Far from being flighty, as soon as Sirocco realised he had an audience he walked straight up to the perpex and got as close as he could to his visitors. Even in the low light we could see him clearly, down to the whiskers round his face and his earholes – Kakapo have very good hearing. Unfortunately, the dim light made photographing our star for the evening very hard. I took over 200 pictures, but only a dozen or so are even worth working with. The running commentary from Don – a fountain of ornithological knowledge – was on a par with anything that David Attenborough could run off for the Beeb and without a script. Sirocco played to the crowd, and was even coaxed onto a “swing” to be weighed while Don fed him grapes from a jar.
Our visit lasted over half an hour, but seemed to be a fraction of that. I did hear a sound that I dearly hope many more people get a chance to experience – a Kakapo “skraak”-ing. Sirocco almost always does it for his visitors, and maybe in the future there will be enough of the birds that such a sound will be relatively commonplace.
We all thanked Don – it was truly an honour to meet someone who’s done so much worthwhile work – and were guided back to the boat which, as promised, was now sitting higher on the freshly-imported water. The conversation was active as we made our way back to Stewart Island, everyone seemingly on cloud nine after their experience. I think I may have “sold” a copy of Last Chance to See to one of our guides who’d “heard the name” Douglas Adams, but wasn’t sure where from. With any luck, she’ll be off to Dymocks the next time she gets to the mainland. T-shirts, beanies and pictures were available for sale, but I just didn’t have enough cash. What I do have are some pictures and the memories.
I’m not going to be twee and say that this was life-changing, but it was certainly eye-opening. I worked out a while ago how much this one trip for a 30-minute birdspot had cost me, but you know what? Who cares. I’d have paid twice as much to do it. Now, I know the people organising this make next to nothing from these trips. They’re doing this so that other people can be as lucky as they are and see one of these marvellous creatures, and also to raise awareness. I hope what I’m writing and what I’ve told everyone on my lead-up to this visit has done this.
There are a gazillion endangered species on this planet. The Kakapo is just one of them, but thanks to the hard work of people like Don Merton and the Department of Conservation these disastrous trends can be reversed. Admittedly, the Kakapo has been a relatively easy one to deal with given some luck. There were spare islands to house them on, males and females were found and the New Zealand government seem to care more about their native environment than many others in the world. The Kakapo, as a result, has been fortunate.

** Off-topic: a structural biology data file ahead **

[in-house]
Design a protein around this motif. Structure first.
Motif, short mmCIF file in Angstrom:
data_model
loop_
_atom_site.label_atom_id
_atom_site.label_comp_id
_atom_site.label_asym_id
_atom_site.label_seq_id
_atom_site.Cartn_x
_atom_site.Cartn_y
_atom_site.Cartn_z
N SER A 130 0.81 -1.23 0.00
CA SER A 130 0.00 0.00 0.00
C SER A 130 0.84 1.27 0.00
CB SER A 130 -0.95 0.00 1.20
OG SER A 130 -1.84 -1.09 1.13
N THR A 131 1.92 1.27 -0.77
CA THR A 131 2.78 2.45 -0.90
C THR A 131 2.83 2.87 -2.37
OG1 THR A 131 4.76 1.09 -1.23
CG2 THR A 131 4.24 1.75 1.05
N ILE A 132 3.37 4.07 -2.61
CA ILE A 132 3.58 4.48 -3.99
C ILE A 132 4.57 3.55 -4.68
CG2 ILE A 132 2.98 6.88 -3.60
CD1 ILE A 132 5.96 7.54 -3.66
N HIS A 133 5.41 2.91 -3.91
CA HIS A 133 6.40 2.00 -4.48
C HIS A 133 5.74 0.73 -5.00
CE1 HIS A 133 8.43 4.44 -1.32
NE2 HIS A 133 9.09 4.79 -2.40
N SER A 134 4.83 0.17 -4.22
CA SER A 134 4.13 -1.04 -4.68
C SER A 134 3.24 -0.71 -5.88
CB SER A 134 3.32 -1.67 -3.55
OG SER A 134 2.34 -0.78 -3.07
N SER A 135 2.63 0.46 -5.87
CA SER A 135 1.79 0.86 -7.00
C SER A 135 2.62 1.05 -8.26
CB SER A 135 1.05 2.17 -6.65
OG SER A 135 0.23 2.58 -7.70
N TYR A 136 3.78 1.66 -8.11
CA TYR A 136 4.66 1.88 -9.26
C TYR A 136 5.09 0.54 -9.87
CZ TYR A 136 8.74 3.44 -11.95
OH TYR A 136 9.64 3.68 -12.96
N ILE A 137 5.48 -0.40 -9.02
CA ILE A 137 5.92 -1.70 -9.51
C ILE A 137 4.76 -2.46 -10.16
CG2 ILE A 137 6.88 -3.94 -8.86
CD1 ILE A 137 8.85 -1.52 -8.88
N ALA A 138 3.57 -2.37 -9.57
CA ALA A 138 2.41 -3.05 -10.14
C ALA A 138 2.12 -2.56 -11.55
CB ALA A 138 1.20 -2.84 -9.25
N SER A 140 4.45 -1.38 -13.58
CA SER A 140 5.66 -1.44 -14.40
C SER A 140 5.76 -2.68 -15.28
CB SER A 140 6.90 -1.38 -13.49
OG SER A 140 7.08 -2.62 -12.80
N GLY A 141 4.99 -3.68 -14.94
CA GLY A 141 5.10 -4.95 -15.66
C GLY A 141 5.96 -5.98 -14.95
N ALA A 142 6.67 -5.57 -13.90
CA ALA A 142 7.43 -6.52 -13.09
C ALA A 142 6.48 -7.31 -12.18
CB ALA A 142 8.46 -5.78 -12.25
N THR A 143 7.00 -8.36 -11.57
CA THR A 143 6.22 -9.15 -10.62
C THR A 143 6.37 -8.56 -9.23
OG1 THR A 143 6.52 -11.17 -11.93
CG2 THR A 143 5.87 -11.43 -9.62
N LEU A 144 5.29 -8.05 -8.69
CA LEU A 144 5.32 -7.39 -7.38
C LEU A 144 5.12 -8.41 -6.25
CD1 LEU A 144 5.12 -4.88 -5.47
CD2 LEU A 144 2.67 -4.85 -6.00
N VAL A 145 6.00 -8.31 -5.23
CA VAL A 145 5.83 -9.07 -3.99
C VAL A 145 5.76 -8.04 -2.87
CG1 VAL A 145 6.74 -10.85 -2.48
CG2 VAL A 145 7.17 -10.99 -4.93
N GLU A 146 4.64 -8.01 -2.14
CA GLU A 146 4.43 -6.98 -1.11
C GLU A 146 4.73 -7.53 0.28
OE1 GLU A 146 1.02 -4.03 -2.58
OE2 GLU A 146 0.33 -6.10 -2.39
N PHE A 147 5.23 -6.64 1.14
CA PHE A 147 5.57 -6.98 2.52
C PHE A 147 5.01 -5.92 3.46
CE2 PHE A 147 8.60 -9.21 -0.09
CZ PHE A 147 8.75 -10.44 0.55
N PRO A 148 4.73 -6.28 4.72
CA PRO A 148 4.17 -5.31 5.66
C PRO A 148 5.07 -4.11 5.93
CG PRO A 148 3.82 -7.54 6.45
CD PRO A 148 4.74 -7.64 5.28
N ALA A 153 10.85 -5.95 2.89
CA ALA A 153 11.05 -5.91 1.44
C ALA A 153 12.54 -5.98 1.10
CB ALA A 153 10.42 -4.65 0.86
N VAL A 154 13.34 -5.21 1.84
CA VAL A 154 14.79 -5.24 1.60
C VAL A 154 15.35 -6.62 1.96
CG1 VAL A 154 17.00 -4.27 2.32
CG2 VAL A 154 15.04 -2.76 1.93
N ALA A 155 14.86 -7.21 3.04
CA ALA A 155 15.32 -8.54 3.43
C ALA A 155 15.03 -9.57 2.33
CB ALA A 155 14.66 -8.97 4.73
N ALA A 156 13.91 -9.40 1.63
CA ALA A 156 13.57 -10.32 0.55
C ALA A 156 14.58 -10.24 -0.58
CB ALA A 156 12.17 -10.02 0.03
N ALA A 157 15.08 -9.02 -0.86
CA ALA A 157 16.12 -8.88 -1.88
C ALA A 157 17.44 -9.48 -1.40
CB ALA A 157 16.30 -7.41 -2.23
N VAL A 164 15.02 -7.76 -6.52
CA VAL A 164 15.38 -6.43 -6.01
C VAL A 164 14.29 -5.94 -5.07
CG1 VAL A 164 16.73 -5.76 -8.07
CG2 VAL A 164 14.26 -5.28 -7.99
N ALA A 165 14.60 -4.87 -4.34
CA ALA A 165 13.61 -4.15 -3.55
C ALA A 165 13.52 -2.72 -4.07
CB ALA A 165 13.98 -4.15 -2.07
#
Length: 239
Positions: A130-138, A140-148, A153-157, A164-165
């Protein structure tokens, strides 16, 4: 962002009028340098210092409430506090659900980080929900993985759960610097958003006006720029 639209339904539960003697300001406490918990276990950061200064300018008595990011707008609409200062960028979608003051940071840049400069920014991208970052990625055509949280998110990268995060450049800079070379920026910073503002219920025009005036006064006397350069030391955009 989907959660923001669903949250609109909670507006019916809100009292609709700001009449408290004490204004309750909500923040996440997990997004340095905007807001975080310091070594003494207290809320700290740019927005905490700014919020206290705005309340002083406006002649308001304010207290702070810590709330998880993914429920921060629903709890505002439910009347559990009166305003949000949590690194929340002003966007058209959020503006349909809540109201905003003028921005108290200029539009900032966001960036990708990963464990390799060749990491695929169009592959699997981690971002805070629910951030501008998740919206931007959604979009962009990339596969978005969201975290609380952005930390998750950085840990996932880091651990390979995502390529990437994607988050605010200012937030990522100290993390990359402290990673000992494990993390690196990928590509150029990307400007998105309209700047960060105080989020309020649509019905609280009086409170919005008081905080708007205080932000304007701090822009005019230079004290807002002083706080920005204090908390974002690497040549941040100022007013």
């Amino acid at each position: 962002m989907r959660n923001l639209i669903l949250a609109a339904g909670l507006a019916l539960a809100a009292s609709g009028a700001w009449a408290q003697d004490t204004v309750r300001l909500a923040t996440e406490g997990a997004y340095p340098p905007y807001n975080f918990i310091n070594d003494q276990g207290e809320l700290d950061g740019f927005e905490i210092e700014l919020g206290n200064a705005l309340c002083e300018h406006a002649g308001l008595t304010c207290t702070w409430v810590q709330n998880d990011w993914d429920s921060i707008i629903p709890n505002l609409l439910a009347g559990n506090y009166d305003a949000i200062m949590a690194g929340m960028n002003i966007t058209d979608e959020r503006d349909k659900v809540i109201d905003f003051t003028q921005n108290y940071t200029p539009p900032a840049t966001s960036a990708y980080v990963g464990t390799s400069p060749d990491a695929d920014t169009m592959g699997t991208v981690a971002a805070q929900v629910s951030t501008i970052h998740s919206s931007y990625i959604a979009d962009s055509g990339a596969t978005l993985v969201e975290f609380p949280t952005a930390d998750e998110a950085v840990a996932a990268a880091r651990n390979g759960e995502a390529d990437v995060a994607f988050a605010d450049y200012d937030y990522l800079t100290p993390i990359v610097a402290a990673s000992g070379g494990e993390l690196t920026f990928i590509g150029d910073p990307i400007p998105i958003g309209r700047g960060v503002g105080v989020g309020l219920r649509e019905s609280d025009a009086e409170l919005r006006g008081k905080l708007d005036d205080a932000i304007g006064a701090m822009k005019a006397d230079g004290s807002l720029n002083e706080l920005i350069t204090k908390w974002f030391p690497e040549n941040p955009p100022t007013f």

Kakapo poaching doesn’t happen. Their feathers aren’t used in some bizarre medicine, though many years ago they were prized in some Maori clothing. They have no natural mammalian predators (the ones they suffered from were all imported by us), so removing those threats on unspoiled land was a relatively simple if long-term job.
Other animals aren’t so lucky. Rhino, tigers, lions and the like have a major problem in that their most dangerous predator is… us. 200 people working to rescue these creatures can have all their efforts undone by one greedy bastard with a gun. But still, good people give up their money, time and efforts to try and save them. Simply because they deserve to be saved. Our world would be a hugely less interesting and magical place were these amazing animals to disappear.
So now a little plea. Same as last year for those who know me. It’s September so it’s perhaps a little early for this but come December please do not send me a xmas card. I’ll still be travelling and I’ll have nowhere to put them. Instead, locate a shop or a person on the street or the relevant web page and donate a couple of quid to the World Wildlife Fund. Or Save the Rhino. Or the Dian Fossey Gorilla Fund. Or the Kakapo Recovery Program. Take your pick. Any of these charities or another one with similar aims. Just a couple of quid (or dollars or whatever). Help these people improve our planet, to give these animals a chance to spread and grow back to respectable and safe numbers.
I’m just happy I’ve seen a few of these creatures very close up recently. We’re running out of time faster than I like to think for many of them and if I can do anything at all to convince you to put your hand in your pocket – or even volunteer to work – then all the expense of travelling around and the time of writing this up is a small price.